Tuesday evening Israel will enter into the saddest day of our calendar, Yom Hazikaron, the memorial day for Israel’s fallen soldiers and victims of terrorism.
The soldiers number 23,320.
This year's poster says, Nizkor et kulam, we will remember them all.
The roundish red flowers have become a symbol for our day of remembering (perhaps influenced by the tradition of the red poppy in other countries).
Wikipedia says, "The red everlasting is a flowering plant of the genus Helichrysum in the daisy family (Asteraceae). It is a protected plant in some jurisdictions (in particular, Israel and the Palestinian Authority).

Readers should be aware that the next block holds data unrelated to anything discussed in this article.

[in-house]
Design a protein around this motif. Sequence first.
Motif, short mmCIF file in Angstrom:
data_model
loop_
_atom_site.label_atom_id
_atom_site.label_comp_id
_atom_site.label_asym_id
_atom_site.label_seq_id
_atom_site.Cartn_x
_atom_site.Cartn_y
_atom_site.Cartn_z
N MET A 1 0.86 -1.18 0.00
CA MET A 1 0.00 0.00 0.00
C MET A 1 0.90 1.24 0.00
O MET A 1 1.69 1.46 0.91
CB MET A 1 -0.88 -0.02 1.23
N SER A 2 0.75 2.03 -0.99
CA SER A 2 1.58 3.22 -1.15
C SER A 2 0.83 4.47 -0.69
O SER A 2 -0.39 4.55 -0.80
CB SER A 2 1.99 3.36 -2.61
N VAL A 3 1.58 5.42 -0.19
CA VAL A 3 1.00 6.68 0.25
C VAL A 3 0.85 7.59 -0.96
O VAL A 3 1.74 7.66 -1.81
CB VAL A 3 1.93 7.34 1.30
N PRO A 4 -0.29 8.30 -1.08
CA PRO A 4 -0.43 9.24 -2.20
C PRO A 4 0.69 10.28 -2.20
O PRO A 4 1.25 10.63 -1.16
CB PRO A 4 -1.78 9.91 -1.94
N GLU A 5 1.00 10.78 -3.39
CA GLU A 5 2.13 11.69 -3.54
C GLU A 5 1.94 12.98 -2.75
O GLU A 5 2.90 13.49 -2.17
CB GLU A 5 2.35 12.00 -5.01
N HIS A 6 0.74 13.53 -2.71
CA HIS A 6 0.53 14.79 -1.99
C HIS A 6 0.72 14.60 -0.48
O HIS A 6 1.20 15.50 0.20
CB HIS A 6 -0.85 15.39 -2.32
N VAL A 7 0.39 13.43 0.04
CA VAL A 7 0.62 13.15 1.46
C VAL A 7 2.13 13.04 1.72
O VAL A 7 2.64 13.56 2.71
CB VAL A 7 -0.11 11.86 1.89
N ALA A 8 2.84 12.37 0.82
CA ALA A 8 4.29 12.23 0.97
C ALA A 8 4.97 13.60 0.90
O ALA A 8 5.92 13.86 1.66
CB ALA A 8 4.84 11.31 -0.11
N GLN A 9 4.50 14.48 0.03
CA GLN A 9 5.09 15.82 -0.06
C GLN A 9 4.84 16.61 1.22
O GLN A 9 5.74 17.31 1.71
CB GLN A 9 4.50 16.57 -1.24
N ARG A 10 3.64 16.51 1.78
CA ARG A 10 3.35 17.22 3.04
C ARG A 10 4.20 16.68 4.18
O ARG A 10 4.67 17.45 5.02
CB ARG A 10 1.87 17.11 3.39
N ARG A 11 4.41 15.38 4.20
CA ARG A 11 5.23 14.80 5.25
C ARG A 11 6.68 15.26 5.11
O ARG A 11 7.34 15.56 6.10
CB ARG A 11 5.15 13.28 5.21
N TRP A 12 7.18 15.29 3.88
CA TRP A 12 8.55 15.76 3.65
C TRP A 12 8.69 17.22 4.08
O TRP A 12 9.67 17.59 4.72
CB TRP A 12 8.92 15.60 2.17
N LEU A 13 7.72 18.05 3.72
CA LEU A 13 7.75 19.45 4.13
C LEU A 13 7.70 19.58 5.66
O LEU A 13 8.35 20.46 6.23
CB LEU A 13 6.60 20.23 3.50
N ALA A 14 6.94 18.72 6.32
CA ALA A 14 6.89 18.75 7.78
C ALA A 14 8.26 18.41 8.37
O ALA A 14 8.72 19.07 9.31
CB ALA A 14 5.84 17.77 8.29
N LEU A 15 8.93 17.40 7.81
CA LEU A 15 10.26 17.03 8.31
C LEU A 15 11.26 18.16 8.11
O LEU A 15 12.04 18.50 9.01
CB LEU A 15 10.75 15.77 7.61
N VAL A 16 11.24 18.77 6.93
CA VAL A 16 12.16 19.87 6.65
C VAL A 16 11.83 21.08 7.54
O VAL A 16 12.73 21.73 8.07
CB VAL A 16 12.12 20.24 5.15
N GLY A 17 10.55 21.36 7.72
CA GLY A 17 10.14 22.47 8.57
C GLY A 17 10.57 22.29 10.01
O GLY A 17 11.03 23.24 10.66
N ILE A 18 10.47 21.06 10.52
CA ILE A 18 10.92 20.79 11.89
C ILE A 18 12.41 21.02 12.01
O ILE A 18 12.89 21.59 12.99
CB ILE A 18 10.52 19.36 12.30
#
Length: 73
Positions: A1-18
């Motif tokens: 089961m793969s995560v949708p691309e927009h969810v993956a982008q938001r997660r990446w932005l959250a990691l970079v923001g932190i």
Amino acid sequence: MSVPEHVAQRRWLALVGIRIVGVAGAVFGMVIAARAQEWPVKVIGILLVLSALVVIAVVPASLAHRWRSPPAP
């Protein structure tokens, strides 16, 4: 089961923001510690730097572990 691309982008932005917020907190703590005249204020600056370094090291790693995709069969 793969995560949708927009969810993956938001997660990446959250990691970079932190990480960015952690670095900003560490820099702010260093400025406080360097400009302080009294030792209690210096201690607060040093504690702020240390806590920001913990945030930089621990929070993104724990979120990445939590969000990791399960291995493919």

It is known there as 'Blood of the Maccabees' (Hebrew: Dam Hamakabim).
Its name is derived from a legend saying that in every spot one grows, a drop of blood has been spilled on the earth."
Indeed . . .
An article at Israel21C talks about the flower and how its portrayal on Israeli stamps has evolved over the decades.
And here is more about the plant.
(Linking to OurWorld Tuesday.)